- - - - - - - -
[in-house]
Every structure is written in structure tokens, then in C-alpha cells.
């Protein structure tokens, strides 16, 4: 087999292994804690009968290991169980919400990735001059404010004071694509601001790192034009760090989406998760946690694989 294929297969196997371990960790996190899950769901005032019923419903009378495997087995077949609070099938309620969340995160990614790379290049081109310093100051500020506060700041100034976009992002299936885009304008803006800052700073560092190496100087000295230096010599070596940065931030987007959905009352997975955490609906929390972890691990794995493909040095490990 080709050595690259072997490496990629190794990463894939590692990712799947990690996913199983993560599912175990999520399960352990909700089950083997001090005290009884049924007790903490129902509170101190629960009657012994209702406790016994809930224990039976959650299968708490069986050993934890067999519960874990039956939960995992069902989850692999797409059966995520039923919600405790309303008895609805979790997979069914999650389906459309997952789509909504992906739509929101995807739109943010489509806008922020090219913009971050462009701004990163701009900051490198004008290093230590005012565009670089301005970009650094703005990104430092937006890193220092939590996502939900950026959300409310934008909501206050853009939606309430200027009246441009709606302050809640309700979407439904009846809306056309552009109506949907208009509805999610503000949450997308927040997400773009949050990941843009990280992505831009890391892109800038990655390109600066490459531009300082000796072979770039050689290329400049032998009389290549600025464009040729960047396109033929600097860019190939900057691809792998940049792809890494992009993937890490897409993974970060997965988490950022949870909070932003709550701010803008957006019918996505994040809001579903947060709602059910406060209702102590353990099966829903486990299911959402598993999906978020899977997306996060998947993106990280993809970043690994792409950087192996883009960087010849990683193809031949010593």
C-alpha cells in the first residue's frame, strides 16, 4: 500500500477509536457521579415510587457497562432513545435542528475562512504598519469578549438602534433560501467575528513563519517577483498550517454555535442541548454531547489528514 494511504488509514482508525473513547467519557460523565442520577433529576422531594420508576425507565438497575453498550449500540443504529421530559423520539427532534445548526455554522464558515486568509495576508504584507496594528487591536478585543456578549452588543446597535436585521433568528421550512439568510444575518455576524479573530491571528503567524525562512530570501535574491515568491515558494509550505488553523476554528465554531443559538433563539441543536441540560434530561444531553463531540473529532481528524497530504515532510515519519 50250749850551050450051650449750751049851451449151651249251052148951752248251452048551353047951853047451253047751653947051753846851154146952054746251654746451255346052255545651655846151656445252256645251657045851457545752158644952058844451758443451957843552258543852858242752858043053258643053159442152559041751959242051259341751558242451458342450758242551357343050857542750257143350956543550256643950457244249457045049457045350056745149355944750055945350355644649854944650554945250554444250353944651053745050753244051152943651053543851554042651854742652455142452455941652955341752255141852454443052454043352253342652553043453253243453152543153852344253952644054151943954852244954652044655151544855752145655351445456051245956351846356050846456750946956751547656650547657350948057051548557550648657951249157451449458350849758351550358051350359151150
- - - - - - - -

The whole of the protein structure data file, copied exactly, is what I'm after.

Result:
[in-house]
Every structure is written in structure tokens, then in C-alpha cells.
């Protein structure tokens, strides 16, 4: 087999292994804690009968290991169980919400990735001059404010004071694509601001790192034009760090989406998760946690694989 294929297969196997371990960790996190899950769901005032019923419903009378495997087995077949609070099938309620969340995160990614790379290049081109310093100051500020506060700041100034976009992002299936885009304008803006800052700073560092190496100087000295230096010599070596940065931030987007959905009352997975955490609906929390972890691990794995493909040095490990 080709050595690259072997490496990629190794990463894939590692990712799947990690996913199983993560599912175990999520399960352990909700089950083997001090005290009884049924007790903490129902509170101190629960009657012994209702406790016994809930224990039976959650299968708490069986050993934890067999519960874990039956939960995992069902989850692999797409059966995520039923919600405790309303008895609805979790997979069914999650389906459309997952789509909504992906739509929101995807739109943010489509806008922020090219913009971050462009701004990163701009900051490198004008290093230590005012565009670089301005970009650094703005990104430092937006890193220092939590996502939900950026959300409310934008909501206050853009939606309430200027009246441009709606302050809640309700979407439904009846809306056309552009109506949907208009509805999610503000949450997308927040997400773009949050990941843009990280992505831009890391892109800038990655390109600066490459531009300082000796072979770039050689290329400049032998009389290549600025464009040729960047396109033929600097860019190939900057691809792998940049792809890494992009993937890490897409993974970060997965988490950022949870909070932003709550701010803008957006019918996505994040809001579903947060709602059910406060209702102590353990099966829903486990299911959402598993999906978020899977997306996060998947993106990280993809970043690994792409950087192996883009960087010849990683193809031949010593």
C-alpha cells in the first residue's frame, strides 16, 4: 500500500477509536457521579415510587457497562432513545435542528475562512504598519469578549438602534433560501467575528513563519517577483498550517454555535442541548454531547489528514 494511504488509514482508525473513547467519557460523565442520577433529576422531594420508576425507565438497575453498550449500540443504529421530559423520539427532534445548526455554522464558515486568509495576508504584507496594528487591536478585543456578549452588543446597535436585521433568528421550512439568510444575518455576524479573530491571528503567524525562512530570501535574491515568491515558494509550505488553523476554528465554531443559538433563539441543536441540560434530561444531553463531540473529532481528524497530504515532510515519519 50250749850551050450051650449750751049851451449151651249251052148951752248251452048551353047951853047451253047751653947051753846851154146952054746251654746451255346052255545651655846151656445252256645251657045851457545752158644952058844451758443451957843552258543852858242752858043053258643053159442152559041751959242051259341751558242451458342450758242551357343050857542750257143350956543550256643950457244249457045049457045350056745149355944750055945350355644649854944650554945250554444250353944651053745050753244051152943651053543851554042651854742652455142452455941652955341752255141852454443052454043352253342652553043453253243453152543153852344253952644054151943954852244954652044655151544855752145655351445456051245956351846356050846456750946956751547656650547657350948057051548557550648657951249157451449458350849758351550358051350359151150